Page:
He’s back, to save the world once again. Daniel Craig today returns to the big screen as MI6’s best-known fictional intelligence officer, amid another colossal media fanfare. Today the latest instalment in the Eon franchise (there have now been 24 movies from the Broccoli/Wilson stable), “Spectre”, hits our cinemas, and another huge box-office hit is all but certain.
For how much longer, though, can James Bond go on? Ian Fleming introduced his best-known creation in his debut novel “Casino Royale”, published in 1953. Even if we wanted to date Bond’s career in the Service from the year “Dr No” was made into a movie, then we would really expect him to have hung up his Walther PPK after “Die Another Day” came out in 2002. Moreover, in his various missions Bond has travelled all over the world several times: surely he must have experienced the stress of misdelivered luggage at least once. He has also been tortured, shot at, and threatened with death by supervillains in such a range of elaborate and cumbersome ways that he inevitably manages to escape. At the very least, you would have expected him to have sought extended time off for post-traumatic stress counselling a long time ago. Plus, there are the health risks accompanying all that casual promiscuity…
OK, so the above observations are a tad flippant. I’m not being naïve: obviously Bond is going to go on for many years yet. Like Doctor Who, his is a British superhero-type brand that is not only recognised throughout the world but is also a phenomenally good money spinner: when it came out three years ago “Skyfall” took around $1.1bn at the box office. So far, seven renowned writers have brought out James Bond novels since Ian Fleming’s death in 1964, with Anthony Horowitz being the most recent, his contribution “Trigger Mortis” having been published earlier this year. And let’s not forget the various unofficial treatments of the Bond adventures, the novelizations of existing movies, and the Bond-themed video games that have emerged in recent years. It’s a fair bet that James Bond will continue to save the world, so long as the cash keeps rolling in.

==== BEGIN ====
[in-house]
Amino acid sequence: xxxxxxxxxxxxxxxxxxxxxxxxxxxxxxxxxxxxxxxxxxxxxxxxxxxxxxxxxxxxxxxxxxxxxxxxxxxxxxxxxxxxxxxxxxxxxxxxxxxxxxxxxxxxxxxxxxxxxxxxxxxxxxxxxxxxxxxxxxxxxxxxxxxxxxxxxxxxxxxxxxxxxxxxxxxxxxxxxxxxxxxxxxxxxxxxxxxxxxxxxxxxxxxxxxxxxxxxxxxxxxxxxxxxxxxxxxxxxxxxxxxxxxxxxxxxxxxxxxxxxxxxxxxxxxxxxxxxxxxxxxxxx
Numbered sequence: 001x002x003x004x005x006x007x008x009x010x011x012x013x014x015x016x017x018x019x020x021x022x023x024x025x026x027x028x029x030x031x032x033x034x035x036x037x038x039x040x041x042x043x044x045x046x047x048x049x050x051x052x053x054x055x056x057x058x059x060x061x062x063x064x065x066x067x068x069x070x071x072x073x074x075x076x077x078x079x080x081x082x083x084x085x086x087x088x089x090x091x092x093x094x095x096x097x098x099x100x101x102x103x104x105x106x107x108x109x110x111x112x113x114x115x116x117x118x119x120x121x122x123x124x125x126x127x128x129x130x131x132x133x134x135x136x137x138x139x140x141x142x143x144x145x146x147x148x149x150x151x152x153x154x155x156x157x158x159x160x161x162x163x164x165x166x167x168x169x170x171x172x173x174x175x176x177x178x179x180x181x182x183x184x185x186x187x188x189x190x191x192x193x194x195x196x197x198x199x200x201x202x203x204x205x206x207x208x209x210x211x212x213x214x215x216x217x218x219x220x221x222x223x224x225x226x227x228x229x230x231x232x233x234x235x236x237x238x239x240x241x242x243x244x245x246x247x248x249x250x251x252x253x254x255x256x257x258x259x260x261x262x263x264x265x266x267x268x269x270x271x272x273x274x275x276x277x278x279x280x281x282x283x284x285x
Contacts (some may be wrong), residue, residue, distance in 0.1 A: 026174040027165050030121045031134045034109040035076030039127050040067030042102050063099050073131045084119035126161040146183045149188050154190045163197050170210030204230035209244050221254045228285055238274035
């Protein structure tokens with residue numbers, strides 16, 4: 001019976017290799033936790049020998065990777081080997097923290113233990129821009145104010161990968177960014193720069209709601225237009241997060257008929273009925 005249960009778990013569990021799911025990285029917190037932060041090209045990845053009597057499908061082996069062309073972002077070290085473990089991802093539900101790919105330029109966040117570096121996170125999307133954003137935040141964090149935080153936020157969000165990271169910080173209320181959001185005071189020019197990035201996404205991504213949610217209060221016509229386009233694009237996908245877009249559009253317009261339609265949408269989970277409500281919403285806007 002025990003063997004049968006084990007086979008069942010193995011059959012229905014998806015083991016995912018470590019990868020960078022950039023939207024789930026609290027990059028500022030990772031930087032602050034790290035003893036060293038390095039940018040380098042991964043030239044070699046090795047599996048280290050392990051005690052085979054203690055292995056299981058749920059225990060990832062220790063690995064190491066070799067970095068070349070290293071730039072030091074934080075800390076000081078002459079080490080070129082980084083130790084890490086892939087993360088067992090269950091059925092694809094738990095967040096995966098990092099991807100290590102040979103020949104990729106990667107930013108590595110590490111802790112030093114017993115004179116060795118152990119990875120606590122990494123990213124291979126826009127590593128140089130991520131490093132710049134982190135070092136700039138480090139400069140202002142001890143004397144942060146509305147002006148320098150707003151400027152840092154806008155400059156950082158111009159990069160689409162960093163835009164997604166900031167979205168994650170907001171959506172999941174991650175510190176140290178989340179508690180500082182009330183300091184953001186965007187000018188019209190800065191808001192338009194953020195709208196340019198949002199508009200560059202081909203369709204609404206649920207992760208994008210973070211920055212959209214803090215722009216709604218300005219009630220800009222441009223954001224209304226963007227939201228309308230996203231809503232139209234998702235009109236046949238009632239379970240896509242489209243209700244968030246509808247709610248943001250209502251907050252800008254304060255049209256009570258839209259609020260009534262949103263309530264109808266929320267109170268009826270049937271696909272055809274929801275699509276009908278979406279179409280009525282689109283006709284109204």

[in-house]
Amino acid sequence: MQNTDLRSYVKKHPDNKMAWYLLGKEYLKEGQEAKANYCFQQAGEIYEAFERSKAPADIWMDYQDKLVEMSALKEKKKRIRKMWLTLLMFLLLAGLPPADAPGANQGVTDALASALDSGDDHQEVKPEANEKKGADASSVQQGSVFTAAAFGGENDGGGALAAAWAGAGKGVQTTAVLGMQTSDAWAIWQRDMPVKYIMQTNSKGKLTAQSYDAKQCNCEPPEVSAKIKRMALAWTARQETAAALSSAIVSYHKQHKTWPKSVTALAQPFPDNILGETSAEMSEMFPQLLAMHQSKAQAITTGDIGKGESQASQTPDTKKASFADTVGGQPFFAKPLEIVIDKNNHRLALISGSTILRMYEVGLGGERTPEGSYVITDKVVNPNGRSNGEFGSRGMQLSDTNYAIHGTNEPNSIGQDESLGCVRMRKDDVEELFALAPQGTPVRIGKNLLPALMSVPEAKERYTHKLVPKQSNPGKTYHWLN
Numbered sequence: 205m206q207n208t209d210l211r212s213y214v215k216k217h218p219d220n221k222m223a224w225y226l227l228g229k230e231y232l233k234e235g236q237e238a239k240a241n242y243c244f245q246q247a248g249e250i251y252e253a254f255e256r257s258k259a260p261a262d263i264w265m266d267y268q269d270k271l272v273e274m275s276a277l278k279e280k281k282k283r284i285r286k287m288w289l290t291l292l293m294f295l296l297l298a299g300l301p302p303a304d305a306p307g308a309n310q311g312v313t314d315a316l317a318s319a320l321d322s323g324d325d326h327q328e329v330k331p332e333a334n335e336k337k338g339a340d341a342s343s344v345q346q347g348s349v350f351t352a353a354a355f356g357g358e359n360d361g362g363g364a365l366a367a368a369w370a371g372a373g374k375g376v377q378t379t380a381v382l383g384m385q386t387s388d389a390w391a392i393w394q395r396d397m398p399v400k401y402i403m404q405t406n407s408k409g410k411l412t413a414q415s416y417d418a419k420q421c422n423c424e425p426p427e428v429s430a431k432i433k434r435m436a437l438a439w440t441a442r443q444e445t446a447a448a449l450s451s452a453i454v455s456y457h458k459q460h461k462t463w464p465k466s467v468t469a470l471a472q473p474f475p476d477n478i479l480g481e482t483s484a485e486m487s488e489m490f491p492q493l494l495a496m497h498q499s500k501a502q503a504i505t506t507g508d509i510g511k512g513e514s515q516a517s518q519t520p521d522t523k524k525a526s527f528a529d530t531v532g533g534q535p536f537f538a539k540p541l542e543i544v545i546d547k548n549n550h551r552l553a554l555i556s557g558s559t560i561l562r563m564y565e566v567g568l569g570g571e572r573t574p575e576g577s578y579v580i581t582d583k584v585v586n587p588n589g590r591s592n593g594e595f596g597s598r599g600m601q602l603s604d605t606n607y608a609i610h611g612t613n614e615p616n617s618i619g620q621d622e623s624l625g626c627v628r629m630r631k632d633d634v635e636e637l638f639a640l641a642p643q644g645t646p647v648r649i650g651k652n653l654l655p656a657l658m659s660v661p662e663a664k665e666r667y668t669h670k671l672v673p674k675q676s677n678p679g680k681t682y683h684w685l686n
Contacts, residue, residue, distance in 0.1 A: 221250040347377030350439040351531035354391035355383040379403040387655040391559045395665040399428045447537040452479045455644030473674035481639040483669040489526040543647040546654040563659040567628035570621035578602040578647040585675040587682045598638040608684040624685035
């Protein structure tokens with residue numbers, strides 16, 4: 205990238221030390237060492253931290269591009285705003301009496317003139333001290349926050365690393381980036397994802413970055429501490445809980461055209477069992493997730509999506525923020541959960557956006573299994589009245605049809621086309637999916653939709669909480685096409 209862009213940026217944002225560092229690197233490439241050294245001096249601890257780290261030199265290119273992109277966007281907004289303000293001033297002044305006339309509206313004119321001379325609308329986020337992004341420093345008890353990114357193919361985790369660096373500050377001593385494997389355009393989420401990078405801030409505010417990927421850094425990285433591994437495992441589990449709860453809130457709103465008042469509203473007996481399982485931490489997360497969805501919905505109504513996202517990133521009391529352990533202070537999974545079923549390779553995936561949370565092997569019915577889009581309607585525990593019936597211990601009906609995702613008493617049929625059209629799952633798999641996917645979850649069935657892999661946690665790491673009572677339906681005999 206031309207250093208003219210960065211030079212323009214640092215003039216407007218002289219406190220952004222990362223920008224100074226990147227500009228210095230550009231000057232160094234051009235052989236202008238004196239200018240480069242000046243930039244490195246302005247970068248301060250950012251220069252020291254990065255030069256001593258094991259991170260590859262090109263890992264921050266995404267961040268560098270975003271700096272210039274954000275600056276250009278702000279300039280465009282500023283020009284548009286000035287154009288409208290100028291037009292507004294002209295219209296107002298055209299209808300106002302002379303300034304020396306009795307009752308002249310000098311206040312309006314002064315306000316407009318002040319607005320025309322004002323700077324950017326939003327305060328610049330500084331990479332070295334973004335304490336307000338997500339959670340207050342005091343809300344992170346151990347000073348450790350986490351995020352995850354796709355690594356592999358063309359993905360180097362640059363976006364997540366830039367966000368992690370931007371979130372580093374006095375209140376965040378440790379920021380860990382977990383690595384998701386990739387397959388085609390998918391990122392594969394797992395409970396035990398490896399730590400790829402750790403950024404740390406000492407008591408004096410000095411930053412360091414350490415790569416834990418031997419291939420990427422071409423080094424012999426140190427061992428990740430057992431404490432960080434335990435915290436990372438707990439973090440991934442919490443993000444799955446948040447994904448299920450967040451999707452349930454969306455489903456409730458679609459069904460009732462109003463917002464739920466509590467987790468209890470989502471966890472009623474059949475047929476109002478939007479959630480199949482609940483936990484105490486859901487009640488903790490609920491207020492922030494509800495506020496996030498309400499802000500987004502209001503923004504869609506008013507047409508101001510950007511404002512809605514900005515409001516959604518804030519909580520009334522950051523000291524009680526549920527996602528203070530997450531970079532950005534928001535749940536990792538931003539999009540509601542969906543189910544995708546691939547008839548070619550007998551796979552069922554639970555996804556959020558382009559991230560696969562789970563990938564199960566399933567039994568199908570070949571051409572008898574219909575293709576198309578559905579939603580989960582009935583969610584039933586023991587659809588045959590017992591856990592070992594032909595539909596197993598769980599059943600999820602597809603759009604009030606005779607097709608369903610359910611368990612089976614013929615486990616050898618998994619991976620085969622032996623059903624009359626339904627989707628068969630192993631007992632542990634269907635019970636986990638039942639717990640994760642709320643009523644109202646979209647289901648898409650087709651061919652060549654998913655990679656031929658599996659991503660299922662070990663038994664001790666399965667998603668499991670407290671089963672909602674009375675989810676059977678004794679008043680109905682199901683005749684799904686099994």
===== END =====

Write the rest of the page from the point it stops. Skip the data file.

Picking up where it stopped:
However, as the late scriptwriter Richard “Kip” Carpenter warned us when interviewed about his brilliantly successful 1980s TV series “Robin of Sherwood” (with award-winning music provided by Clannad), there are only so many ways of outwitting the Sheriff of Nottingham (which partly explains why he and his team made just three seasons of the show in 1984-6). Fans of Bond are constantly hopeful that all the writers who have sustained the Bond legend over the years will continue to come up with ever more imaginative ways in which a sharp-suited but psychologically damaged British intelligence officer can foil whatever schemes the world’s most fiendishly clever and evil supervillains can throw at him.
It is certainly curious that the Bond movie series is yet to feature a Northern Irish storyline. I don’t need to remind any Slugger reader that, while the Troubles may be over, their legacy endures. Moreover, the conflict carried with it plenty of international dimensions, from western Europe to Libya to the United States, so there would be no shortage of exotic locations for future movies. Even in the (Drogheda-born) Pierce Brosnan years there was no indication of such a storyline in the offing.
The closest that Eon have so far come to a Northern Irish connection has been their 1963 production of “From Russia with Love”. In Fleming’s novel (published in 1957), one of Bond’s main antagonists is an Aughnacloy-born assassin by the name of Donovan “Red” Grant. Fleming writes of his having been born to a German weightlifter and Irish waitress. Enduring a difficult childhood, he grows up to be a “heavy” used by local republicans and smugglers. Eventually, he moves to Belfast where he becomes a boxer, before joining the British Army and being stationed in West Berlin, where he makes use of a mail-collecting errand to defect to the Russians (hence the nickname) and then become a hired killer in their counter-espionage department SMERSH. In the film, however, there is no trace of an Irish accent: the actor portraying Grant is the impeccably English-sounding Robert Shaw.
“Red” Grant clearly can’t be resurrected, but it is surely time for a Northern Irish storyline in the Bond series. Apart from anything else, there are plenty of talented actors from all over the island of Ireland who can be relied on to provide gravitas and drama aplenty to such a film. Above all, think of all the money that Tourism NI could draw in with such a connection…